Across the world, public opinion about homosexuality varies substantially. While residents in some nations have embraced gay rights as human rights, in other countries very few people find homosexuality acceptable. Why are there such big differences in attitudes about homosexuality?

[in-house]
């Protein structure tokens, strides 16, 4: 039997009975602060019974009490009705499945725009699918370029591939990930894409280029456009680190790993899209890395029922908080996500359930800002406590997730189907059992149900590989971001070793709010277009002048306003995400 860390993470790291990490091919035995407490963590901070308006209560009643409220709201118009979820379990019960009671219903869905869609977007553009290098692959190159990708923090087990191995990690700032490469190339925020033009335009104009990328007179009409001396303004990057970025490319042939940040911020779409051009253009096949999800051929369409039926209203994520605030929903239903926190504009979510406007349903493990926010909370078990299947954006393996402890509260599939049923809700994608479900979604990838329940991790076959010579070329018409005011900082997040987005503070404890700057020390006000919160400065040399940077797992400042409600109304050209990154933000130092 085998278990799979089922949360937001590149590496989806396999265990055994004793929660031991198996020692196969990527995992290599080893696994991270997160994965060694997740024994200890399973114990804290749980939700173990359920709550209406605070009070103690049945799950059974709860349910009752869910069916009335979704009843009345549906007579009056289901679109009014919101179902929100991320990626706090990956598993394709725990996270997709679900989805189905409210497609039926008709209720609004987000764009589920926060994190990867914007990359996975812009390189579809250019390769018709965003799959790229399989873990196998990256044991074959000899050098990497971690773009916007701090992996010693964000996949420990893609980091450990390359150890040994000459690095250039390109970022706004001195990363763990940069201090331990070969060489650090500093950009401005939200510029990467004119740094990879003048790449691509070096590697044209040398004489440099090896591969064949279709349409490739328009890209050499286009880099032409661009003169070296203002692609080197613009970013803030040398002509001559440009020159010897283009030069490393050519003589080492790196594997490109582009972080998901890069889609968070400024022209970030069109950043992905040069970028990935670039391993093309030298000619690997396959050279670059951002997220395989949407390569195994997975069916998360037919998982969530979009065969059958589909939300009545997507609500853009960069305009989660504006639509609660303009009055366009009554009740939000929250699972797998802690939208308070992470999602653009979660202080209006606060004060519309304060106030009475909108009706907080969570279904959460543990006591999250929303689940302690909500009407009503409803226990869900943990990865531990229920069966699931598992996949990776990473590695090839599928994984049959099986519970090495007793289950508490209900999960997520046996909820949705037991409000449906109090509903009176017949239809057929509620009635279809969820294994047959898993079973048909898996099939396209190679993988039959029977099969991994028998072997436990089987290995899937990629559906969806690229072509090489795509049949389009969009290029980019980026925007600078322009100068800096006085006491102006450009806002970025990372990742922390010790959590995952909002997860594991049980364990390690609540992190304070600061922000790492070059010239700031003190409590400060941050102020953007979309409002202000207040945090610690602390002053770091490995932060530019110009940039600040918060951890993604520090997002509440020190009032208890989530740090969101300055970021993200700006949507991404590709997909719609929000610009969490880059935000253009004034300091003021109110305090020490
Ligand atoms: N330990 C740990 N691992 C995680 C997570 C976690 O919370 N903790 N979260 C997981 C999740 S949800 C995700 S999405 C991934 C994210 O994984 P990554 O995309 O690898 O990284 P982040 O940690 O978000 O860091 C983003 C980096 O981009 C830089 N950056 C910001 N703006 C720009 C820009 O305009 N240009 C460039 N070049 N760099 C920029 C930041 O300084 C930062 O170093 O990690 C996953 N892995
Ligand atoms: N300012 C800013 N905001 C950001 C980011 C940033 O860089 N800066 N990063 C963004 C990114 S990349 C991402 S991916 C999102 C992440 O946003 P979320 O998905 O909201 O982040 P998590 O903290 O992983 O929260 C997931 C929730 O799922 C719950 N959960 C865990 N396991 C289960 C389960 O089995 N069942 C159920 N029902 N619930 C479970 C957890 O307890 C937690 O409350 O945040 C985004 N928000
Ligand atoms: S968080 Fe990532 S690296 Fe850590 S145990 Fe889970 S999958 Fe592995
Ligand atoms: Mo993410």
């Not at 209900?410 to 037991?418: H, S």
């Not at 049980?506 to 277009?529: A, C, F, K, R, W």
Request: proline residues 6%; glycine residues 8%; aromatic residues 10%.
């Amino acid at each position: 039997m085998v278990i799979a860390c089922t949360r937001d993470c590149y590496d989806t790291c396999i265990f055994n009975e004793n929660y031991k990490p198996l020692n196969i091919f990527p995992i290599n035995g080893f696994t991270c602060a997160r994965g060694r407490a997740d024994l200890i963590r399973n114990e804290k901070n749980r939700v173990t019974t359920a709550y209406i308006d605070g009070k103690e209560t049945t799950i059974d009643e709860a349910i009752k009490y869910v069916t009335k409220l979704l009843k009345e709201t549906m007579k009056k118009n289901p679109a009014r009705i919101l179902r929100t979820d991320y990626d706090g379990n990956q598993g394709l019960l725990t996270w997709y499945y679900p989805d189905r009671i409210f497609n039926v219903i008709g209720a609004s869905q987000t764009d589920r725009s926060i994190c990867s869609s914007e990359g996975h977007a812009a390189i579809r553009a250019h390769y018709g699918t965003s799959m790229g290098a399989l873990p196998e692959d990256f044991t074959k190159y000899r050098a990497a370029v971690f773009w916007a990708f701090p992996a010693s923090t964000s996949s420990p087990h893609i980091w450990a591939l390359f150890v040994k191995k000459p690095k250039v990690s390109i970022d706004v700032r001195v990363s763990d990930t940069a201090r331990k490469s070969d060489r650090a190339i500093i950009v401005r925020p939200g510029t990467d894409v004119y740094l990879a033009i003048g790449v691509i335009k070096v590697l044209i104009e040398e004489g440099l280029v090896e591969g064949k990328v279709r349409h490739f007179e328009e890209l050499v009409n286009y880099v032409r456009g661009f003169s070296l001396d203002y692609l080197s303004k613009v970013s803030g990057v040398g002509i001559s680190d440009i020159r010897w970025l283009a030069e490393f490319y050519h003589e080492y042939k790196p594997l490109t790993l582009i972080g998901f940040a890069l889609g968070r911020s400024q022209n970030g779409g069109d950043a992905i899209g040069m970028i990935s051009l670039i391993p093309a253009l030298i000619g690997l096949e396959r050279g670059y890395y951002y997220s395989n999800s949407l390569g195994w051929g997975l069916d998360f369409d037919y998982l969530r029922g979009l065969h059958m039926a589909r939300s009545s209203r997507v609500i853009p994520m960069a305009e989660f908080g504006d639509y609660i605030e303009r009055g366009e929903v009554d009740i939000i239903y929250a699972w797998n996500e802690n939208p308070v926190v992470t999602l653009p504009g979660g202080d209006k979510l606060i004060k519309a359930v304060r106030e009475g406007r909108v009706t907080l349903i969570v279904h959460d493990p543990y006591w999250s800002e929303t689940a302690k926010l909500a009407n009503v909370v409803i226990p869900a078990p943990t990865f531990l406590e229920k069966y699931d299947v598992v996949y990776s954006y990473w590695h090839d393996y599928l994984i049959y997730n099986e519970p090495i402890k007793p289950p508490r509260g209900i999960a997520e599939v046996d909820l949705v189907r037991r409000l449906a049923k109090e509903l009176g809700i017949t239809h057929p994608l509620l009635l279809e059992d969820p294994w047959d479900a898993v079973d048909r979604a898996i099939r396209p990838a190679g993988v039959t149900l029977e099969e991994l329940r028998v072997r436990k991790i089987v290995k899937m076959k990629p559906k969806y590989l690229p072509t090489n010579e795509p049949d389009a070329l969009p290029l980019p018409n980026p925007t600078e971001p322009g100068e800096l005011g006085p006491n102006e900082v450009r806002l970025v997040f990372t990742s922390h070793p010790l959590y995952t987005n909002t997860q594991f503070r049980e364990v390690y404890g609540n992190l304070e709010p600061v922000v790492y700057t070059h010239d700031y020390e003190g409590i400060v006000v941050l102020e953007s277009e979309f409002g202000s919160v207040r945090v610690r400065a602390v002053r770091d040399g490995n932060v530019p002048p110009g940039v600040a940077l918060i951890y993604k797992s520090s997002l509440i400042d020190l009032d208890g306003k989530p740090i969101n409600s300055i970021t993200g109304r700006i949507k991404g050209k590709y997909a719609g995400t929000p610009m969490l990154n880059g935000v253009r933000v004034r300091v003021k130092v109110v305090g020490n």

Using survey data from almost 90 societies this book shows that cross-national differences in how residents view homosexuality can largely be explained by three country characteristics: the strength of democratic institutions, the level of economic development and the religious context. While these factors can explain a lot of the differences across the world, the way they shape attitudes within individual nations varies widely. Each country has a different story to tell about how these forces affect public opinion. Country case studies, a content analysis of newspaper articles, and in-depth interviews are used to unpack the characteristics working within individual and key sets of nations. Attention is given not only to demographic and country characteristics that shape public opinion, but also the way these factors work within specific countries and combine with a nation's unique history and social context to shape attitudes, laws, policies, and enforcement regarding homosexuality.
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